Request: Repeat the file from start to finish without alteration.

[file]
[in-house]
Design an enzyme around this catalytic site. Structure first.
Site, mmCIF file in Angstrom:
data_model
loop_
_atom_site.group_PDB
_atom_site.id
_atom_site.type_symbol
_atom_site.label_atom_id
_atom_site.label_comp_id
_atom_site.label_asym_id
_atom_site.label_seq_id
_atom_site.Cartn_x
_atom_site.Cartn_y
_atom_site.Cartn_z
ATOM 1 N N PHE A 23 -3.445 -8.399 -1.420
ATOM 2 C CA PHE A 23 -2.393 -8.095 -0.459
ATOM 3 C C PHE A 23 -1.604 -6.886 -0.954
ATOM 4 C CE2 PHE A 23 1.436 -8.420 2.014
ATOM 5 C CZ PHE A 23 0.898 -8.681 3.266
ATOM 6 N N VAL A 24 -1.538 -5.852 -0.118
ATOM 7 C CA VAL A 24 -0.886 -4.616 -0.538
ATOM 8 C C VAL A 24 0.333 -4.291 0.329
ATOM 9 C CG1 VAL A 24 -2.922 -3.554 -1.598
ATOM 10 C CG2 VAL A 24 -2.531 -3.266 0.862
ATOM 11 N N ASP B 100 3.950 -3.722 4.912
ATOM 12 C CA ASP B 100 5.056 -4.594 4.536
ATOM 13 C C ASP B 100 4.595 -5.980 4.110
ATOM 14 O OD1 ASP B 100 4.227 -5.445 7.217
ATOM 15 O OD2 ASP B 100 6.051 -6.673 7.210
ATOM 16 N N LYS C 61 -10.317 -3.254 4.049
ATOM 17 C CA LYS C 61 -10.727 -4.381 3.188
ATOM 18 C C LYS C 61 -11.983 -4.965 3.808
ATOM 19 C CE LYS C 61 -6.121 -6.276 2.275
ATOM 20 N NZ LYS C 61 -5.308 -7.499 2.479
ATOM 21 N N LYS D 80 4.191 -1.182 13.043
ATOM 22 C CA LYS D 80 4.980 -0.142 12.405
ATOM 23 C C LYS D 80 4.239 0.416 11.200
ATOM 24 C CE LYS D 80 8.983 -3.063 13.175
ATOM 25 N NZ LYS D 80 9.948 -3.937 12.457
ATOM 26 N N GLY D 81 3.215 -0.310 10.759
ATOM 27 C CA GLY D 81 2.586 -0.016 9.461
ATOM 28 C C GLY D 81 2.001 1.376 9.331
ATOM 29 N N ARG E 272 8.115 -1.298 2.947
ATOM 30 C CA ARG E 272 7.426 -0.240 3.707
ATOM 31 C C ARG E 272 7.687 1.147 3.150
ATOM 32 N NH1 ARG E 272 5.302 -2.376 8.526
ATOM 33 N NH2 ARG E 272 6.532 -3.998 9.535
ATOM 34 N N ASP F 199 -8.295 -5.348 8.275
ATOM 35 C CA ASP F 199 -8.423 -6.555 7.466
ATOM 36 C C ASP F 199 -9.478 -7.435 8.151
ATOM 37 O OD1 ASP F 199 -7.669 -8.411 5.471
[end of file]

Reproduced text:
[in-house]
Design an enzyme around this catalytic site. Structure first.
Site, mmCIF file in Angstrom:
data_model
loop_
_atom_site.group_PDB
_atom_site.id
_atom_site.type_symbol
_atom_site.label_atom_id
_atom_site.label_comp_id
_atom_site.label_asym_id
_atom_site.label_seq_id
_atom_site.Cartn_x
_atom_site.Cartn_y
_atom_site.Cartn_z
ATOM 1 N N PHE A 23 -3.445 -8.399 -1.420
ATOM 2 C CA PHE A 23 -2.393 -8.095 -0.459
ATOM 3 C C PHE A 23 -1.604 -6.886 -0.954
ATOM 4 C CE2 PHE A 23 1.436 -8.420 2.014
ATOM 5 C CZ PHE A 23 0.898 -8.681 3.266
ATOM 6 N N VAL A 24 -1.538 -5.852 -0.118
ATOM 7 C CA VAL A 24 -0.886 -4.616 -0.538
ATOM 8 C C VAL A 24 0.333 -4.291 0.329
ATOM 9 C CG1 VAL A 24 -2.922 -3.554 -1.598
ATOM 10 C CG2 VAL A 24 -2.531 -3.266 0.862
ATOM 11 N N ASP B 100 3.950 -3.722 4.912
ATOM 12 C CA ASP B 100 5.056 -4.594 4.536
ATOM 13 C C ASP B 100 4.595 -5.980 4.110
ATOM 14 O OD1 ASP B 100 4.227 -5.445 7.217
ATOM 15 O OD2 ASP B 100 6.051 -6.673 7.210
ATOM 16 N N LYS C 61 -10.317 -3.254 4.049
ATOM 17 C CA LYS C 61 -10.727 -4.381 3.188
ATOM 18 C C LYS C 61 -11.983 -4.965 3.808
ATOM 19 C CE LYS C 61 -6.121 -6.276 2.275
ATOM 20 N NZ LYS C 61 -5.308 -7.499 2.479
ATOM 21 N N LYS D 80 4.191 -1.182 13.043
ATOM 22 C CA LYS D 80 4.980 -0.142 12.405
ATOM 23 C C LYS D 80 4.239 0.416 11.200
ATOM 24 C CE LYS D 80 8.983 -3.063 13.175
ATOM 25 N NZ LYS D 80 9.948 -3.937 12.457
ATOM 26 N N GLY D 81 3.215 -0.310 10.759
ATOM 27 C CA GLY D 81 2.586 -0.016 9.461
ATOM 28 C C GLY D 81 2.001 1.376 9.331
ATOM 29 N N ARG E 272 8.115 -1.298 2.947
ATOM 30 C CA ARG E 272 7.426 -0.240 3.707
ATOM 31 C C ARG E 272 7.687 1.147 3.150
ATOM 32 N NH1 ARG E 272 5.302 -2.376 8.526
ATOM 33 N NH2 ARG E 272 6.532 -3.998 9.535
ATOM 34 N N ASP F 199 -8.295 -5.348 8.275
ATOM 35 C CA ASP F 199 -8.423 -6.555 7.466
ATOM 36 C C ASP F 199 -9.478 -7.435 8.151
ATOM 37 O OD1 ASP F 199 -7.669 -8.411 5.471